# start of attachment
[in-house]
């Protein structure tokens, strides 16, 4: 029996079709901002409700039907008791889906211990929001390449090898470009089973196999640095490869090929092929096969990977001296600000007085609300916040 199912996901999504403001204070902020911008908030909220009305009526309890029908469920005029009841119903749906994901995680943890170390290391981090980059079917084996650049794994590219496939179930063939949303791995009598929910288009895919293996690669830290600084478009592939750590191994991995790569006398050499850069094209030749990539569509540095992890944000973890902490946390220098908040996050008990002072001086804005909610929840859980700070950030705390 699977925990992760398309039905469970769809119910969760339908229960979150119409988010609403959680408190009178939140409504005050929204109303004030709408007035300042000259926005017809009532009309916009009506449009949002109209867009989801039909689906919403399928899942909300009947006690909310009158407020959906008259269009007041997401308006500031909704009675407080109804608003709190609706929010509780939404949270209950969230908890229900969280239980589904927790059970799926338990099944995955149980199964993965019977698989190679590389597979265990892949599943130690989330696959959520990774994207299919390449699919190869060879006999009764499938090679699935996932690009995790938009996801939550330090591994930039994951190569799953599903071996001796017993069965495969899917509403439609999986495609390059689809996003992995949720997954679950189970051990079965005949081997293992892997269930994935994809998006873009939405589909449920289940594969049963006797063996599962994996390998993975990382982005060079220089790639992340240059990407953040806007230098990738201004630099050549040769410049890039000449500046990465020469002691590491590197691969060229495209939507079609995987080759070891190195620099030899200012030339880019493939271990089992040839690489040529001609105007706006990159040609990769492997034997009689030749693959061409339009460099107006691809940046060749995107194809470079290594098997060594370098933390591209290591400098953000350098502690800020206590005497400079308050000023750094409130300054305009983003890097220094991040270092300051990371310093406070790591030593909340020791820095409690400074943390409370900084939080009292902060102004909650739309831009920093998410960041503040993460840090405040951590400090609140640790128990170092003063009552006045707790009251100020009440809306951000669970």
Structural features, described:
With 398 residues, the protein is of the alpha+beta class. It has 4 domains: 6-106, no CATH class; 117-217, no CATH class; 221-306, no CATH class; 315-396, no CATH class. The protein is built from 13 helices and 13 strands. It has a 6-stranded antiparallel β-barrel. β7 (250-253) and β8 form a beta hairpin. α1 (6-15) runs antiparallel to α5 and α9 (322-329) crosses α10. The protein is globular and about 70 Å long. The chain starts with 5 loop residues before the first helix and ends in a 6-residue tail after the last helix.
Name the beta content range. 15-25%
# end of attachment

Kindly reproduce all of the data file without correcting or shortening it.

[in-house]
């Protein structure tokens, strides 16, 4: 029996079709901002409700039907008791889906211990929001390449090898470009089973196999640095490869090929092929096969990977001296600000007085609300916040 199912996901999504403001204070902020911008908030909220009305009526309890029908469920005029009841119903749906994901995680943890170390290391981090980059079917084996650049794994590219496939179930063939949303791995009598929910288009895919293996690669830290600084478009592939750590191994991995790569006398050499850069094209030749990539569509540095992890944000973890902490946390220098908040996050008990002072001086804005909610929840859980700070950030705390 699977925990992760398309039905469970769809119910969760339908229960979150119409988010609403959680408190009178939140409504005050929204109303004030709408007035300042000259926005017809009532009309916009009506449009949002109209867009989801039909689906919403399928899942909300009947006690909310009158407020959906008259269009007041997401308006500031909704009675407080109804608003709190609706929010509780939404949270209950969230908890229900969280239980589904927790059970799926338990099944995955149980199964993965019977698989190679590389597979265990892949599943130690989330696959959520990774994207299919390449699919190869060879006999009764499938090679699935996932690009995790938009996801939550330090591994930039994951190569799953599903071996001796017993069965495969899917509403439609999986495609390059689809996003992995949720997954679950189970051990079965005949081997293992892997269930994935994809998006873009939405589909449920289940594969049963006797063996599962994996390998993975990382982005060079220089790639992340240059990407953040806007230098990738201004630099050549040769410049890039000449500046990465020469002691590491590197691969060229495209939507079609995987080759070891190195620099030899200012030339880019493939271990089992040839690489040529001609105007706006990159040609990769492997034997009689030749693959061409339009460099107006691809940046060749995107194809470079290594098997060594370098933390591209290591400098953000350098502690800020206590005497400079308050000023750094409130300054305009983003890097220094991040270092300051990371310093406070790591030593909340020791820095409690400074943390409370900084939080009292902060102004909650739309831009920093998410960041503040993460840090405040951590400090609140640790128990170092003063009552006045707790009251100020009440809306951000669970």
Structural features, described:
With 398 residues, the protein is of the alpha+beta class. It has 4 domains: 6-106, no CATH class; 117-217, no CATH class; 221-306, no CATH class; 315-396, no CATH class. The protein is built from 13 helices and 13 strands. It has a 6-stranded antiparallel β-barrel. β7 (250-253) and β8 form a beta hairpin. α1 (6-15) runs antiparallel to α5 and α9 (322-329) crosses α10. The protein is globular and about 70 Å long. The chain starts with 5 loop residues before the first helix and ends in a 6-residue tail after the last helix.
Name the beta content range. 15-25%